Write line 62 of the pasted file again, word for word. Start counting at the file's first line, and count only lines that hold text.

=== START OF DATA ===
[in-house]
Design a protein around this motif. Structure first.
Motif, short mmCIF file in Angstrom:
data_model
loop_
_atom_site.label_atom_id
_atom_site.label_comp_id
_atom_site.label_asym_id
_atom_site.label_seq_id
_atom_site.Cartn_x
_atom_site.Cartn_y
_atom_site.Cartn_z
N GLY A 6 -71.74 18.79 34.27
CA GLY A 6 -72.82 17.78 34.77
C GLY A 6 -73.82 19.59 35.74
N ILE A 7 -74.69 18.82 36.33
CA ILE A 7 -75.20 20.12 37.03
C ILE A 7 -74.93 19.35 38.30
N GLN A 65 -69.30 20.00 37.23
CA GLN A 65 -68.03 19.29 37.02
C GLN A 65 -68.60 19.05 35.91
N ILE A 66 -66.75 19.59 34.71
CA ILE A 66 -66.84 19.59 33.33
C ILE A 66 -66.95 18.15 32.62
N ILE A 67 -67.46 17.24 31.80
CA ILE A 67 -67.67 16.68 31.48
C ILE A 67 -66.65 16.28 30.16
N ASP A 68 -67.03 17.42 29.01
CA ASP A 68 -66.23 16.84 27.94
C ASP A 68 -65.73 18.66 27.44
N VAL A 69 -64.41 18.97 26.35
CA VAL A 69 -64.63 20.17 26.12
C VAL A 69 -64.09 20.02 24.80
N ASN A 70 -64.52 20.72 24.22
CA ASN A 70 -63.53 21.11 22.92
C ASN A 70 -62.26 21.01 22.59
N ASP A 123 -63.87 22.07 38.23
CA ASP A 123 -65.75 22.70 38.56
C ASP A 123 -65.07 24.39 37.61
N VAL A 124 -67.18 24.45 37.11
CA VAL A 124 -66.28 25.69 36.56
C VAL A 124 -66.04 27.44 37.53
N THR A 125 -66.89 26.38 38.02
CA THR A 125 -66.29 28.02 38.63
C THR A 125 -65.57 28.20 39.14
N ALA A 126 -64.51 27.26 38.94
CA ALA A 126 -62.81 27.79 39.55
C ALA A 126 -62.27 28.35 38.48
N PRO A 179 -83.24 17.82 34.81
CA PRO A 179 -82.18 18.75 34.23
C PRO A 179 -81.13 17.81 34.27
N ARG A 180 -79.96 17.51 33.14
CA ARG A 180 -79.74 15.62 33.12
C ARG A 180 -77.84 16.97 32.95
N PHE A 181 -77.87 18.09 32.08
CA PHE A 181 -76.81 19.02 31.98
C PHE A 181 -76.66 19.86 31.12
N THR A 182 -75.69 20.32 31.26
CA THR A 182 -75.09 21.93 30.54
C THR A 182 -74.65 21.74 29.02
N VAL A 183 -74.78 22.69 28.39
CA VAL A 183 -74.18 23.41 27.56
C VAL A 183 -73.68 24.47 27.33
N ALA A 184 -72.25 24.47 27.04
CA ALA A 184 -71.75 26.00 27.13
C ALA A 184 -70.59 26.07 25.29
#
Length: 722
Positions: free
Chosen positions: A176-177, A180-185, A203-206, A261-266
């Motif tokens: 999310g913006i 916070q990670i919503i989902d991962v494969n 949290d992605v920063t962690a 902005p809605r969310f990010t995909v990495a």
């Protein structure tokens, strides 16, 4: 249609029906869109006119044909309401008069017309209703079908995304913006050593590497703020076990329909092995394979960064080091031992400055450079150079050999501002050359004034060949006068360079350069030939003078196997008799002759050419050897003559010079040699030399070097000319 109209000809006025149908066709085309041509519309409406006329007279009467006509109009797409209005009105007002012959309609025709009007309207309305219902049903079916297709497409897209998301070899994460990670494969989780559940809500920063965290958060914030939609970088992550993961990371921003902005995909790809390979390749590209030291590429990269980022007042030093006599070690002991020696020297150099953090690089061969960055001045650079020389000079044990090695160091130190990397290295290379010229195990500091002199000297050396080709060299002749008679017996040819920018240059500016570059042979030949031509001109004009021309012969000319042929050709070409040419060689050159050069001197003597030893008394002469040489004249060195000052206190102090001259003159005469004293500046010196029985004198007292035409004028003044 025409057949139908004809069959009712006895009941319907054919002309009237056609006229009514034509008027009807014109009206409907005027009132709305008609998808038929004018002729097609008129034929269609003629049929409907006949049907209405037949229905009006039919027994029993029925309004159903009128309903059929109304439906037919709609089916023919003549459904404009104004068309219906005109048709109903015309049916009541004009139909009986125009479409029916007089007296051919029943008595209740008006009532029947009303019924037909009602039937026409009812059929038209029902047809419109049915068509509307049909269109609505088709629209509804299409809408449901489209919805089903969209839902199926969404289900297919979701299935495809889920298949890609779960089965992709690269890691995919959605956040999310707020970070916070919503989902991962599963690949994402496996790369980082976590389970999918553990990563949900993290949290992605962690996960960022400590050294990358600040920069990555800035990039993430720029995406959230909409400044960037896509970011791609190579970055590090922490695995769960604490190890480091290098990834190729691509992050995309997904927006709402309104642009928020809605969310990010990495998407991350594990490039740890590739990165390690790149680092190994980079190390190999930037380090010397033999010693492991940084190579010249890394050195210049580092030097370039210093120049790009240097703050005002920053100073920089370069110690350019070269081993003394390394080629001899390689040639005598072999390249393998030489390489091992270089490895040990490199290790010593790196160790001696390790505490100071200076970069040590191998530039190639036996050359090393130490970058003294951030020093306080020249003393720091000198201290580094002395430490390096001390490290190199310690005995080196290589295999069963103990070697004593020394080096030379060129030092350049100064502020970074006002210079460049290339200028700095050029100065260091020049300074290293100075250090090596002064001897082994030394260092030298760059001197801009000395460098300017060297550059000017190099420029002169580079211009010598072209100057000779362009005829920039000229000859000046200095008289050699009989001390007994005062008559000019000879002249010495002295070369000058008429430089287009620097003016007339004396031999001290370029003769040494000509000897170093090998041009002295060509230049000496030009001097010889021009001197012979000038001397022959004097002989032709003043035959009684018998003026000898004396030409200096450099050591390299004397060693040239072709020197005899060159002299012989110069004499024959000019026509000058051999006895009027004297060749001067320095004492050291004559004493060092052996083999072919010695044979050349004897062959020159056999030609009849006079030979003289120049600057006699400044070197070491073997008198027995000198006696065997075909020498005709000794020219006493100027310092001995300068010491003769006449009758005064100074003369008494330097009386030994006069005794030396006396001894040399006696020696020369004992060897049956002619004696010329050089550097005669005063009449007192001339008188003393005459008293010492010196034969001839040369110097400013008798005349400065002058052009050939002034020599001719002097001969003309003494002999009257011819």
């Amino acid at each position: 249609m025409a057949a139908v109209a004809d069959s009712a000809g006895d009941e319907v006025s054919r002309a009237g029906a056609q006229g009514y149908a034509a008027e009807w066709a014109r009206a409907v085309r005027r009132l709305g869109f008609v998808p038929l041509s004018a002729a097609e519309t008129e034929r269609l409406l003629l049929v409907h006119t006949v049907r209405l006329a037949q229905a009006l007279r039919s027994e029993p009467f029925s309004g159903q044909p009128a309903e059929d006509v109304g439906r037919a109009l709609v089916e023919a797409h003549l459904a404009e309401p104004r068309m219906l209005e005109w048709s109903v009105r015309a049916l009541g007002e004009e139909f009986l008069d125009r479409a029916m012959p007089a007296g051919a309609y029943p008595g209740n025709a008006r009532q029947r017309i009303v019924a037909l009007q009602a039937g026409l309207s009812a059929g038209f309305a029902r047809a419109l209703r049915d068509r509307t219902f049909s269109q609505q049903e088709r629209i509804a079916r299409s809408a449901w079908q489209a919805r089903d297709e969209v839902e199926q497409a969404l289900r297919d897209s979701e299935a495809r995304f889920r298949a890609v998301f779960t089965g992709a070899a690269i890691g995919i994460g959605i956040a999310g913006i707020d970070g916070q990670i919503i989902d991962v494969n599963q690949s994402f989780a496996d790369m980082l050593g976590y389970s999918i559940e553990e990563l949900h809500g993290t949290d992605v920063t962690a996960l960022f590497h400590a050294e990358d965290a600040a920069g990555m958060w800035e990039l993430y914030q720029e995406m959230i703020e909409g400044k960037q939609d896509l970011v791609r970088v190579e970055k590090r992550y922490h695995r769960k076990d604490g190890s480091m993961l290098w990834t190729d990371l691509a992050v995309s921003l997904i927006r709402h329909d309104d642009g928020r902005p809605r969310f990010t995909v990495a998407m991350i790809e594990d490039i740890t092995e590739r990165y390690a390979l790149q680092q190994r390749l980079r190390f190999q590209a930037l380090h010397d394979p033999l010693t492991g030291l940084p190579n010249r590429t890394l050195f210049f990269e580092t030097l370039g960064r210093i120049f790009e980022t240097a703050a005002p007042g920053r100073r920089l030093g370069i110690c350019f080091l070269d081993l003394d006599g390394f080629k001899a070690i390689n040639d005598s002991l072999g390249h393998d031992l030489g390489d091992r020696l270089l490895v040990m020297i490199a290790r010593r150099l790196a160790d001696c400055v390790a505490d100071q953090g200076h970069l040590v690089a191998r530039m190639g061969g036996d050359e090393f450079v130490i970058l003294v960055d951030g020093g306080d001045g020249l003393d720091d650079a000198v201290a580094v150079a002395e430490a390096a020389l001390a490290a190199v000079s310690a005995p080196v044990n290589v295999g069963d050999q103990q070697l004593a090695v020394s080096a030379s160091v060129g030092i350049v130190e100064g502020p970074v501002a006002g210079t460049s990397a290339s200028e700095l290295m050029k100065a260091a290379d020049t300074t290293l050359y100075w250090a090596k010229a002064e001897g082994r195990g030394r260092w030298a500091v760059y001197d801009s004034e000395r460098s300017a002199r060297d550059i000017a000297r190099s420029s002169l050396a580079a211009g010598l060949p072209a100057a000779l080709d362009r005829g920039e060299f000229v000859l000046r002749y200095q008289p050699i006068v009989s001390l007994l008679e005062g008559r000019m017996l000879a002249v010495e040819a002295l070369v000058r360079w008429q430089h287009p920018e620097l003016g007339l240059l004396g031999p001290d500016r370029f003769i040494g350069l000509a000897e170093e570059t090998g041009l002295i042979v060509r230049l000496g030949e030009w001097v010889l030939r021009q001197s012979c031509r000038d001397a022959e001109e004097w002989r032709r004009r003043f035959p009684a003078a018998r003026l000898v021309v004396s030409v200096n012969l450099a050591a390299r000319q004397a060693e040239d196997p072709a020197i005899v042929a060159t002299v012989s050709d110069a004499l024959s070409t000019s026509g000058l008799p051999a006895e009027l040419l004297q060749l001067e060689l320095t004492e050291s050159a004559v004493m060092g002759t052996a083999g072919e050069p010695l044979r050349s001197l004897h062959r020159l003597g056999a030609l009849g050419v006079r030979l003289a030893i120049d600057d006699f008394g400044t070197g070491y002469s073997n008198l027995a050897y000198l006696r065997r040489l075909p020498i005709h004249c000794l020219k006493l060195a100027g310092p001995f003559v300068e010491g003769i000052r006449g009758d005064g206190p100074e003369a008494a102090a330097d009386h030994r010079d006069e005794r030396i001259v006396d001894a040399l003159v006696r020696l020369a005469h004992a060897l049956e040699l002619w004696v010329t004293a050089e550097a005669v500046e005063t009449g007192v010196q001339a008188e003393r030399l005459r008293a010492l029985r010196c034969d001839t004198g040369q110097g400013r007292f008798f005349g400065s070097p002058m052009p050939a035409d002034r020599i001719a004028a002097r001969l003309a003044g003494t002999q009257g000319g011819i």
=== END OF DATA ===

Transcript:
CA VAL A 183 -74.18 23.41 27.56